Sometimes your mighty porcelain throne flows less like Niagara Falls and more like a lazy river. That’s a fancy way of saying your toilet has a weak flush, which can be frustrating, embarrassing, and even messy. But don’t worry because in this article, we’re here to help you fix the problem.
If you have a toilet that doesn’t fully flush, common causes include a clog in the trap, a worn-out flapper, blocked rim jets, a faulty float, or an issue with the handle and chain.
Check these areas if your toilet isn’t flushing properly
- Toilet clog – Let’s start with the most obvious explanation for a weak flush – a clog. The majority of toilet clogs occur in the trap, which is the curved channel in the toilet base that holds a small amount of water to prevent sewer gases from coming up from the drain. Because of its shape, the trap is also where toilet paper and other contents can get stuck, creating a partial or total clog. Using a trusty plunger will often dislodge and push the blockage through the trap, returning the toilet’s flushing power to normal.
- Worn-out flapper – The flapper is the round, rubber part that creates a water-tight seal in the toilet tank. When you push down the toilet handle, the flapper raises to briefly allow water to pass from the tank to the bowl, creating the flush. Over time, the flapper can wear out or become out of position, so it no longer forms a tight seal. When this happens, water can slowly leak from the tank into the bowl, so when you go to flush, there’s lower flushing power. Luckily, the flapper is easy and cheap to replace on most toilets.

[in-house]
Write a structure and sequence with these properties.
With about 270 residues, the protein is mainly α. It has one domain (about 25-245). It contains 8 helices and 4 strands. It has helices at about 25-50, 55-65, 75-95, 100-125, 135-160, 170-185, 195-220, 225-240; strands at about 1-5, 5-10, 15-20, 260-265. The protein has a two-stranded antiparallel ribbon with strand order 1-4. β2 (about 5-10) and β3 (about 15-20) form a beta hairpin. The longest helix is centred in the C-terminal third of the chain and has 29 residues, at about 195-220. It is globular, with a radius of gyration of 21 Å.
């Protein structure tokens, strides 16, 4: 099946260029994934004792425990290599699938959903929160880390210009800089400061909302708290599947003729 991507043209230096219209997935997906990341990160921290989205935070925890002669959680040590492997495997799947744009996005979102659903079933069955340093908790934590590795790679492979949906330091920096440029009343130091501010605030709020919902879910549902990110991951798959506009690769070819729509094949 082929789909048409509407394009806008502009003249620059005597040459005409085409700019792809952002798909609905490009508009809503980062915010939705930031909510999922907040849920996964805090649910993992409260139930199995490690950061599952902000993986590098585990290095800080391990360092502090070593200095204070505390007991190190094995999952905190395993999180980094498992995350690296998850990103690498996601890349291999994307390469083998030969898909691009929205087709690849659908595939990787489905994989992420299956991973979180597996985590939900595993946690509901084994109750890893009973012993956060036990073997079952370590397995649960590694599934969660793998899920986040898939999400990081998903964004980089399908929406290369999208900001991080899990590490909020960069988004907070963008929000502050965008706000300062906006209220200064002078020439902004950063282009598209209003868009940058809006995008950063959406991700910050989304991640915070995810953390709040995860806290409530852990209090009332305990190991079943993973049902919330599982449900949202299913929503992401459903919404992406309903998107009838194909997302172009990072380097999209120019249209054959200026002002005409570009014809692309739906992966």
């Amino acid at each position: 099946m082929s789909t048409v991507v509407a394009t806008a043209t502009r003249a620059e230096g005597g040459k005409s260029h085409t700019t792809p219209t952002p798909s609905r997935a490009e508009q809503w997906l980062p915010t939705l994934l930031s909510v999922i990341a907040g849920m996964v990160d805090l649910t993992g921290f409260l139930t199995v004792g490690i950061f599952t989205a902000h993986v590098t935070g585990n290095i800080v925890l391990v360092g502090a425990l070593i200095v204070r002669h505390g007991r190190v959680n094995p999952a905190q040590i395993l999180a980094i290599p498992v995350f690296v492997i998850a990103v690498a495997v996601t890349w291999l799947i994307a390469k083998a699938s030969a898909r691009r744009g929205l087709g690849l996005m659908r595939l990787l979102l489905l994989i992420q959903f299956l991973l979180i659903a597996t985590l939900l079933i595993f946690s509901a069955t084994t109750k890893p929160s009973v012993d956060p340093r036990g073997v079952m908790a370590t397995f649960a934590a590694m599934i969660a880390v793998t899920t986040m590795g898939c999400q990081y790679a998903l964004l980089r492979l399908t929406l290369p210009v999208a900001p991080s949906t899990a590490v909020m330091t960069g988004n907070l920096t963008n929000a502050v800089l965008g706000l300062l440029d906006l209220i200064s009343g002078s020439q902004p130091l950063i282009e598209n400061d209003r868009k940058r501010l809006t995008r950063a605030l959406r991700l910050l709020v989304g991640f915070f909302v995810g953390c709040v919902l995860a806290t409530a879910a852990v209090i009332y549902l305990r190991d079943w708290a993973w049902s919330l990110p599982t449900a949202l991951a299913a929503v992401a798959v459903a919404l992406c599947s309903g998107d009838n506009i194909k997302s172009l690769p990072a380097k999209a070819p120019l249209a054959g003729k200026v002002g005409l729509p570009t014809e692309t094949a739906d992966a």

- Issue with handle and chain – While you’re inspecting the flapper, also look at the toilet handle and chain to ensure that the entire mechanism is working properly. The toilet handle can become loose and require tightening. The chain, which connects the handle to the flapper, can become unclipped or set to an incorrect length. Adjust the chain so that when you press the handle, the chain pulls up the flapper to initiate a flush, and then allows the flapper to drop down and seal off the hold at the end of the flush
- Faulty float – After a flush, water will refill the toilet tank until it reaches the fill line. The float, which often looks like a plastic ball, rises with the water level, and once it reaches a certain point, it tells the refill valve to shut off. If the float is damaged, obstructed, or set too low, the tank won’t refill with enough water to produce a full flush. Adjust the float or replace it if it appears damaged.
- Clogged rim jets – When you flush the toilet, the water enters the bowl through the rim jets. These small holes around the rim of the toilet seat create a concentrated, swirling flow. If the rim jets become clogged by mineral deposits, bacteria, or other debris, it can disrupt the water flow and make your flush less effective. Giving the underside of the rim a thorough scrubbing with vinegar and a toothbrush usually solves this issue.
Call a Durham, NC, plumber to fix your toilet
A toilet with a weak flush is typically a minor plumbing issue. However, if you can’t get your toilet to flush like normal after following the above tips, then it’s time to bring the professionals.